Women’s History Month marks weeks of highlights of women making scientific discoveries, standing up for their communities, and creating incredible works of art. But while Women’s History Month keeps growing in popularity, many women still grow up never seeing themselves in the books they read or the films they watch.
In the literary world, women have traditionally been forced to stay back, sit down, and be quiet. As Virginia Woolf famously said, “I would venture to guess that Anon, who wrote so many poems without signing them, was often a woman.” But women have just as much right to tell their stories — full of universals and valuable insights for people of all genders — as anyone else.
Thankfully, the tides have turned and now women have more opportunities to share their life experiences, academic research, and journalistic investigations with the world. More nonfiction books by women are being published today than ever before, so it’s no wonder that readers new to nonfiction may not even know where to start.
Memoirs give readers a great way to ease into nonfiction. Or maybe you’re more of a creative nonfiction type. Whether you’re looking for great nonfiction books by women for yourself or for others, here are 20 must-read books for your TBRs!
The Best We Could Do by Thi Bui
In her graphic memoir, Thi Bui describes her family’s experience fleeing Vietnam at the end of the war, their adjustment to life in America, and Bui’s life today. The illustrations communicate so much depth of emotion, equally as vital as the text. All together, The Best We Could Do proves a powerful story.
What You Are Getting Wrong About Appalachia by Elizabeth Catte
When J.D. Vance published Hillbilly Elegy and proceeded to speak for a region he’s never lived in, Appalachian Studies scholar Elizabeth Catte pushed back with What You Are Getting Wrong About Appalachia, pointing out the issues with Vance’s text. Plus, the back of the book is filled with further resources of Appalachian writers, filmmakers, and other artists.
The Undocumented Americans by Karla Cornejo Villavicencio
Karla Cornejo Villavicencio describes her experience growing up as a mentally ill child of undocumented immigrants. In 2016, she wrote about her experience for the first time using her own name. As Trump came into power, Cornejo Villavicencio realized that hers wasn’t the only story that needed to be heard. The Undocumented Americans follows her as she interviews undocumented immigrants living around the country.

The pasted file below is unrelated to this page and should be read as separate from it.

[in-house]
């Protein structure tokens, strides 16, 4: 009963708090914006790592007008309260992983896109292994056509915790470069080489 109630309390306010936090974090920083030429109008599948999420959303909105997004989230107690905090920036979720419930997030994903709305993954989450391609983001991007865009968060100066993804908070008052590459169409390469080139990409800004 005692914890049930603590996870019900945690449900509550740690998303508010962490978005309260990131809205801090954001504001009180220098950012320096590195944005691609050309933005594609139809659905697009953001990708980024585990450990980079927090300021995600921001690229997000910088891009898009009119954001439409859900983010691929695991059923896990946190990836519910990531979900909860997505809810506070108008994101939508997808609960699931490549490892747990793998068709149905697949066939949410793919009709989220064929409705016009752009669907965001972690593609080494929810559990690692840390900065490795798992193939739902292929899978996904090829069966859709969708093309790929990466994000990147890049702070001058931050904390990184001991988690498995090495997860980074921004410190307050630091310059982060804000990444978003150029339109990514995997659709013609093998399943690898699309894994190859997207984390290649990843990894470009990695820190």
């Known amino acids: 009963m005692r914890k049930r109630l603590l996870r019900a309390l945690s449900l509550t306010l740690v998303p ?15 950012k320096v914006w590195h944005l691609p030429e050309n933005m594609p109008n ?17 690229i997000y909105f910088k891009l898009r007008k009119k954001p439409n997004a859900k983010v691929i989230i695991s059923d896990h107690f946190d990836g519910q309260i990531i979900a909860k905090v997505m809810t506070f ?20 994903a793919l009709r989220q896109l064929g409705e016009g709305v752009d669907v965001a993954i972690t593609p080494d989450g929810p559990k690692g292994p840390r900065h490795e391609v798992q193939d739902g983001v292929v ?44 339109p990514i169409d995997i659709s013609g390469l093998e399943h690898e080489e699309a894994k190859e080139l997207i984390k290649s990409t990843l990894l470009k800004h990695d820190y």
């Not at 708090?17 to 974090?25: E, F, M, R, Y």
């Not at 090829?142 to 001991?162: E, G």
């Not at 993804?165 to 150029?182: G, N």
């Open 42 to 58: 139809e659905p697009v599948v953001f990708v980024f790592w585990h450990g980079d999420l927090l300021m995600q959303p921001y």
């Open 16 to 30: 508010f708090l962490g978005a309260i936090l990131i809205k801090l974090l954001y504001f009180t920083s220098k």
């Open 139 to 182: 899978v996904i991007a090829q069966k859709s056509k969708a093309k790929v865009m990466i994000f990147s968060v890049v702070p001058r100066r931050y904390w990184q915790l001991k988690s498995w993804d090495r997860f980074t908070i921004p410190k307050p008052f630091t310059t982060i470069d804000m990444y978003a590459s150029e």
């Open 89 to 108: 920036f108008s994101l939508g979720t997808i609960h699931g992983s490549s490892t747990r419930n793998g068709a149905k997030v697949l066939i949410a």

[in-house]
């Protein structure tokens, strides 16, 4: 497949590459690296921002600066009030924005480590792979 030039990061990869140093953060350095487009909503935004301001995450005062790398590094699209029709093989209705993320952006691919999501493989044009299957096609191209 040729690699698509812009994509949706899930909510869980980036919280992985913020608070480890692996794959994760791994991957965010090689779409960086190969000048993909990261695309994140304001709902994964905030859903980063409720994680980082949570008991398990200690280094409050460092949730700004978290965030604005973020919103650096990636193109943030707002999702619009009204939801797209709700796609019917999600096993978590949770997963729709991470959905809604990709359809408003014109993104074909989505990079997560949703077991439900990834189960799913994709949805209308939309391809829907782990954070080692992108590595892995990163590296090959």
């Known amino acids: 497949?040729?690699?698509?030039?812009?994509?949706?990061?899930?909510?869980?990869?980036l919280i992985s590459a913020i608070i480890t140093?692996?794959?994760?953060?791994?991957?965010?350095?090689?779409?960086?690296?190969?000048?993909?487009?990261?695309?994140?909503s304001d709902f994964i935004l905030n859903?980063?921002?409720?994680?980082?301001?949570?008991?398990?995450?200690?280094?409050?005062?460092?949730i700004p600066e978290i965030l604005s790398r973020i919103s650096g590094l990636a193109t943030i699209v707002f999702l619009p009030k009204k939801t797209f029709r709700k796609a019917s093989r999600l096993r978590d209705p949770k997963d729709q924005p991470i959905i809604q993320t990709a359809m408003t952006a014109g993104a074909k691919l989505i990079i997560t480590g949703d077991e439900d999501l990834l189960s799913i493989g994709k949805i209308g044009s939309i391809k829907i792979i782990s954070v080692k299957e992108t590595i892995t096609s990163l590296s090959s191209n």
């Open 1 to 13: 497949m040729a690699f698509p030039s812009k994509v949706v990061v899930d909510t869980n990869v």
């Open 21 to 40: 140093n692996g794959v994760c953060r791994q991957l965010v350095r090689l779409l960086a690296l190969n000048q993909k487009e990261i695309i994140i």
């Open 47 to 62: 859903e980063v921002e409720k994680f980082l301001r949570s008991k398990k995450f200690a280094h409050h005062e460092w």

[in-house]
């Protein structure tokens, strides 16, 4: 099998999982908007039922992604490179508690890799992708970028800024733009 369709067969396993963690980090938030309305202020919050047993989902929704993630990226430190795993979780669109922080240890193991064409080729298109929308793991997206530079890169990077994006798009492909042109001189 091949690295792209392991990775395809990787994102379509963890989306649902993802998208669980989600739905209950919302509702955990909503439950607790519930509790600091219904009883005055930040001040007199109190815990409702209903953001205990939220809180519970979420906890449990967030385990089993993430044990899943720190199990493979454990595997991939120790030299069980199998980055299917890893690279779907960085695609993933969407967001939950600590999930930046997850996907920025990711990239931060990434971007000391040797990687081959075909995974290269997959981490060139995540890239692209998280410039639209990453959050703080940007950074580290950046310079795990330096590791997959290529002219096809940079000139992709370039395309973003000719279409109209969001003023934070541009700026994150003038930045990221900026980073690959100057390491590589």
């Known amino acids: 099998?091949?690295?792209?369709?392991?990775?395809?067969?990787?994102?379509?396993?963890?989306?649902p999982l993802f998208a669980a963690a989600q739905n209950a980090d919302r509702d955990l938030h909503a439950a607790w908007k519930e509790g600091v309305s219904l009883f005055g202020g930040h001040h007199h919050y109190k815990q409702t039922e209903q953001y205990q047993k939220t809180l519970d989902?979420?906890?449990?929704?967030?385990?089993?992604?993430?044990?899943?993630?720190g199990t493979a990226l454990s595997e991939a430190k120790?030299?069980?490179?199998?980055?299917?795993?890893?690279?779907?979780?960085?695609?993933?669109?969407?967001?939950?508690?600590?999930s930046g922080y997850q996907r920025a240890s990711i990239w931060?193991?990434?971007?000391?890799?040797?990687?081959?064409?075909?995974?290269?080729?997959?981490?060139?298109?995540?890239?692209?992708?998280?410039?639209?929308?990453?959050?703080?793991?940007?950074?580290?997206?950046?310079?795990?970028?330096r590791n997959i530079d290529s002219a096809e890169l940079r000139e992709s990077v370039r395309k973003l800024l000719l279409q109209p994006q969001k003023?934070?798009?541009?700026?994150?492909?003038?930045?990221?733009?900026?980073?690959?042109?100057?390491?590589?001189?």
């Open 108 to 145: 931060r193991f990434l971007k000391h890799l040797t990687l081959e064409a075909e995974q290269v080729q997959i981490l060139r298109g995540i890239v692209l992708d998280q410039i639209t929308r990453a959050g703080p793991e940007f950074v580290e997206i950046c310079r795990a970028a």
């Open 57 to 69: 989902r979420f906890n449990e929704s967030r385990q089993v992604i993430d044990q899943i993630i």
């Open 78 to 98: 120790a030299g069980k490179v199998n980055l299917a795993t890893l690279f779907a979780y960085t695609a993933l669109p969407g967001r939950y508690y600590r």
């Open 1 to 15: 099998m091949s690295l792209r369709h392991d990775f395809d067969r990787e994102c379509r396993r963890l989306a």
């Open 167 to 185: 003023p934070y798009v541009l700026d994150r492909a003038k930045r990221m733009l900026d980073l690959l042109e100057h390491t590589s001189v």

Somebody’s Daughter: A Memoir by Ashley C. Ford
In this incredible memoir, Ashley C. Ford writes about her life growing up with her father in prison and her mother trying to make things work on her own. Ford’s writing creates this incredibly intimate space, making readers feel as if Ford is sitting across from them and sharing her story.
What We Talk About When We Talk About Fat by Aubrey Gordan
In our image focused society, anti-fatness runs rampant in the clothing we buy, the media we watch, and the toys we give our children. Aubrey Gordan takes a hard look at the origins of anti-fatness and the large-scale repercussions of leaving anti-fatness largely unaddressed.
Our Women on the Ground: Essays by Arab WOmen Reporting From the Arab World Edited by Zahra Hankir
Arab and Middle Eastern sahafiyat (women journalists) have documented the culture and politics of the region, risking their own freedom and lives to do so. Each essay explores a different woman’s perspective in her work. Some of the essays are translated from their original Arabic by Mariam Antar.
Crazy Brave: A Memoir by Joy Harjo
America’s Poet Laureate, Joy Harjo, shares the story of her early childhood and coming-of-age in her memoir Crazy Brave. On the audiobook edition, Harjo both narrates and sings during her performance, creating a truly unique listening experience.
The Erratics: A Memoir by Vicki Laveau-Harvie
In a world that devalues women as they age, Vickie Laveau-Harvie proves, once again, that women at any age can create and put great art out into the world. Her debut book, The Erratics, came out when she was in her early seventies and went on to win Australia’s Stella Prize. The memoir focuses around Laveau-Harvie’s experience caring for her ailing parents. After her mother falls, she flies from Australia back home to Canada to arrange for her care. But as she returns to her parents’ house, a lot of difficult truths come to light.
Minor Feelings: An Asian American Reckoning by Cathy Park Hong